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It can happen to any car. On your brand new car or that vintage Mustang restoration project you just finished. People and nature can be inconsiderate and car scratches are just inevitable facts of life. It doesn’t matter how much you care for your car. Those multiple layers of car wax can only protect your car so much. And when deep car scratches happen, you can depend on these car scratch removal tips.
Unless your car is more than two decades old or you had it custom-painted, its paint would almost always be catalyzed enamel that has been clear coated. The exterior of your car is composed of four layers beginning from the bottom: metal, primer, paint, and then the clear coat. The appearance of the scratch depends on the depth of the scratch and the paint’s color.
The depth of the scratch will affect the cost and the difficulty of the repair.
Clear coat scratch - This rarely happens since the surface of the paint bonds well with the clear coat. That’s why scratches on the clear coat are almost unnoticeable, especially with lighter paint colors.
Paint scratch - A blemish becomes visible when the scratch not only takes off the clear coat but also reaches the paint and worse, the primer. Primers usually have a light gray color so when that layer shows up, it means the scratch has gone through the clear coat and the paint.
Scratch down to the metal - These scratches are usually accompanied by dents unless these are intentionally made. An impact from debris like a rock or bumping something hard can cause this type of scratch in which the primer, paint and clear coat have been stripped off, exposing the metal body underneath. This should be repaired as soon as possible because of possible oxidation and eventually, rust. That’s because moisture can permeate underneath the surface surrounding the scratch. When rust has started to form, your car’s paint will require a more extensive procedure to restore back to original condition.
After you have assessed the damage and the depth of the scratch, you now need to prepare for the paint repair process. You will need a bucket of water and soap, a clean towel or cloth, a 2000-grit sandpaper, and toothpaste. Follow these steps:
1. Thoroughly wash and dry your car. The existing dirt on your car can cause more damage to its paint during the repair. Make sure that there is no debris on the scratch itself by spraying it with water.
2. Sand the scratched area lightly and carefully. Using a 2000-grit sandpaper, sand through the car’s clear coat and no further. Sanding the paint will make the damage more extensive. Here are more tips.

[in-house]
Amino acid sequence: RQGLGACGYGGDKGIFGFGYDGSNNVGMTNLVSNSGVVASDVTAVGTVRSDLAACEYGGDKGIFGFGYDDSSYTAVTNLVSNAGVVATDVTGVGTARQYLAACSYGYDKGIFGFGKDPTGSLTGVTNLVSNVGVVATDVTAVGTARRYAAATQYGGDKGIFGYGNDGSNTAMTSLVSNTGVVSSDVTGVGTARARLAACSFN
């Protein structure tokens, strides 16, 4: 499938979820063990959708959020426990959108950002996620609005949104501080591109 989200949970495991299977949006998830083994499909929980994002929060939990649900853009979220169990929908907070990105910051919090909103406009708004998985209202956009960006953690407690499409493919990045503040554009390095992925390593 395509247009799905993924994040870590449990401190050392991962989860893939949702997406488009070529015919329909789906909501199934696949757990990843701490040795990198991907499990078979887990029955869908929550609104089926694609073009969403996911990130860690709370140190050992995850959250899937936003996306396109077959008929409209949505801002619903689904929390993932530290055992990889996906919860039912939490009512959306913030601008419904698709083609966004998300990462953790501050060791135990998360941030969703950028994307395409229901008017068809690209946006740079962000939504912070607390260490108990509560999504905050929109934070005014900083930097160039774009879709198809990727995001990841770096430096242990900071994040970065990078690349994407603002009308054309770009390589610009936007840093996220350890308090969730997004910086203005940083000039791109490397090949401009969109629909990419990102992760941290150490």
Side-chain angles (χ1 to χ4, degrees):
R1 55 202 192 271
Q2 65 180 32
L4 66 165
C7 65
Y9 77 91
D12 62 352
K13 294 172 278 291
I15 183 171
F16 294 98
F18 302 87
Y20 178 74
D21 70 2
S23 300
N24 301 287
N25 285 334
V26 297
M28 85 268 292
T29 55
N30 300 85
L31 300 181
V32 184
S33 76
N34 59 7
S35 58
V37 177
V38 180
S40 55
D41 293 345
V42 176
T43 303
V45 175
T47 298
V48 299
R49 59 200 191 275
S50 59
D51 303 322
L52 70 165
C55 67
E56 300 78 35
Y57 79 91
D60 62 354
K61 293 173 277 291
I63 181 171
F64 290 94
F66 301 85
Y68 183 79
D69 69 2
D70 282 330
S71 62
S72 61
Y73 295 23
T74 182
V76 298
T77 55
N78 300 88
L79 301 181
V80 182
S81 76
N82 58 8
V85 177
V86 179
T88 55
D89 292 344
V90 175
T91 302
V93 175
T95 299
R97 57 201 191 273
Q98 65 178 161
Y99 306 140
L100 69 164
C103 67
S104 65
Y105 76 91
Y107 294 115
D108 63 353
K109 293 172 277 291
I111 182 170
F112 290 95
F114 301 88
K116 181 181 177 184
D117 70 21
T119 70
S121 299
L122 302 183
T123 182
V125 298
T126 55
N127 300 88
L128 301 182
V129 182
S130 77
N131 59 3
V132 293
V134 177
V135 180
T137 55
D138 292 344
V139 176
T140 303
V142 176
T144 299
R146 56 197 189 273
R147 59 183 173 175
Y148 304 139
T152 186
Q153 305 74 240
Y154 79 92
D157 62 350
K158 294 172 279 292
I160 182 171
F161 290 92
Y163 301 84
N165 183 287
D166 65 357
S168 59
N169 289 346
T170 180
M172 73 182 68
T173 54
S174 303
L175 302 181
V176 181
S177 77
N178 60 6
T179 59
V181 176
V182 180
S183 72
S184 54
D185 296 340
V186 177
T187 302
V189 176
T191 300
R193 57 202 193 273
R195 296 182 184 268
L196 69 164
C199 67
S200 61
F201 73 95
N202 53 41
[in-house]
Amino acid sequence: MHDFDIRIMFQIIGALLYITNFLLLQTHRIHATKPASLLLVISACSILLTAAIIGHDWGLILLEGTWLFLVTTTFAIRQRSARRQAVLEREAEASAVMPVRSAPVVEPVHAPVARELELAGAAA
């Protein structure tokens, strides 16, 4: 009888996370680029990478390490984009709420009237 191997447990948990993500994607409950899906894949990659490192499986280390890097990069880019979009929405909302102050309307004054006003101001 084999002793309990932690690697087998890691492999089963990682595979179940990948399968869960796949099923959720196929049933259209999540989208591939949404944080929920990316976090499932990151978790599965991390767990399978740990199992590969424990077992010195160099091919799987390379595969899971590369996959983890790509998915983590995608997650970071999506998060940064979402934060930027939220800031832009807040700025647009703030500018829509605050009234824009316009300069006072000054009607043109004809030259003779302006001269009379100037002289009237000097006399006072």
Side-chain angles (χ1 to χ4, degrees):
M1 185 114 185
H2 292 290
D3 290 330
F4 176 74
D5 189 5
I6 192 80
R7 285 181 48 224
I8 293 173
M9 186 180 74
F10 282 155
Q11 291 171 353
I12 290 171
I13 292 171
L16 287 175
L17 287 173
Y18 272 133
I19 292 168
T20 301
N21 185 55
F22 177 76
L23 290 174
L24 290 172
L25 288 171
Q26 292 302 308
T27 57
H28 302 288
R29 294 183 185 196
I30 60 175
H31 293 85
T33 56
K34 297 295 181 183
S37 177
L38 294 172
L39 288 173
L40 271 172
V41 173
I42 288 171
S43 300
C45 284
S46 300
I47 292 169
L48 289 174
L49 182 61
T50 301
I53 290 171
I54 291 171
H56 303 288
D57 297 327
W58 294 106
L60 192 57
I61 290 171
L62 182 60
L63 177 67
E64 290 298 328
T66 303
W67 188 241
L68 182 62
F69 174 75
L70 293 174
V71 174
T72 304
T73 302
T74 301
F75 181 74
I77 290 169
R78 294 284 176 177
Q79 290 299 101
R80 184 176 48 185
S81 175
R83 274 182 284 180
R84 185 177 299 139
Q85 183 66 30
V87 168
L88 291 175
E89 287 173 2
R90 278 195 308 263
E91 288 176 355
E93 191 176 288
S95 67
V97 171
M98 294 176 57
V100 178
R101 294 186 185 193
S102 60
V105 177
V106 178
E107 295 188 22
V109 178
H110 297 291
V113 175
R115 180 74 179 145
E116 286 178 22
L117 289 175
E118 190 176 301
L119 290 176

- Follow the direction of the scratch as you sand. Sanding in the opposite direction will create valleys and ridges in the car’s paint.
- Rinse the area being sanded periodically so you can see your progress and if you have reached the scratch’s bottom.
- A scratch that has gone beyond the clear coat may need to be sanded first with a 1500-grit sandpaper, then followed with the 2000-grit one.
- Make sure there is no debris or dirt between the area being sanded and the sandpaper to prevent further scratching of the surface
- You can also use toothpaste to sand the area. Ordinary toothpaste has micro abrasive components that can also function as a high grit sandpaper. Just use a clean cloth, apply the toothpaste on the affected surface and wipe repeatedly until the desired effect is achieved.
3. Rinse the affected area and let dry. Thoroughly rinse the area being repaired and wipe the water off with a clean towel or cloth. Never use old rags since these can cause even more scratches.
Now that the affected area has been sanded and cleaned, it’s time for the actual paint repair. You will need rubbing compound, water and soap, car wax, and a clean cloth.
1. Apply the rubbing compound - Using a buffer pad or a clean cloth, apply rubbing compound on the area. Use only a small amount and add more as needed in order to prevent further removal of clear coat.
2. Use a buffer to polish the area - Using the lowest level on your buffer, polish the affected area for 10 seconds. Rubbing compound dries fast so you need to polish it quickly. Increase the buffer’s speed to 2000 and then polish again for 60 seconds, moving your buffer around the area. Continue buffing until the area has smoothened out and make sure you don’t reach the paint layer. Do not rest your buffer in one area for more than a second. Rubbing compound is abrasive and it can eat the clear coat and paint if you buff one area longer than necessary.
3. Thoroughly wash the area again. Using a clean towel and water, remove the rubbing compound residue from the surface. Use a soft toothbrush if there are any crevices with compound still remaining. Make sure you remove the compound off immediately after you buff because it can stick to your paint and it will be a lot harder to remove.
4. Wax the affected area. Waxing the area of the paint you have repaired effectively seals it from dirt and debris, protecting it from further damage. Use good quality wax like carnauba and use a random orbital buffer to apply the wax.
5. Wash the car one more time. After the sanding, the rubbing compound, and the waxing, you should wash your car once again to remove the dirt and debris that may have accumulated during the repair process. You may also want to wax the whole car while you’re at it. Remember that wax is another protective layer on your car’s paint.
Remember the car scratch removal tips discussed here and you will be able to restore the original shine of your car’s paint. Again, clean your car and apply car wax regularly.
Simon graduated with a Mechanical and Electrical Engineering Degree. He has over 20 years of servicing experience in both Japanese and German car dealerships. He now acts as a freelance mechanic's instructor for local schools.
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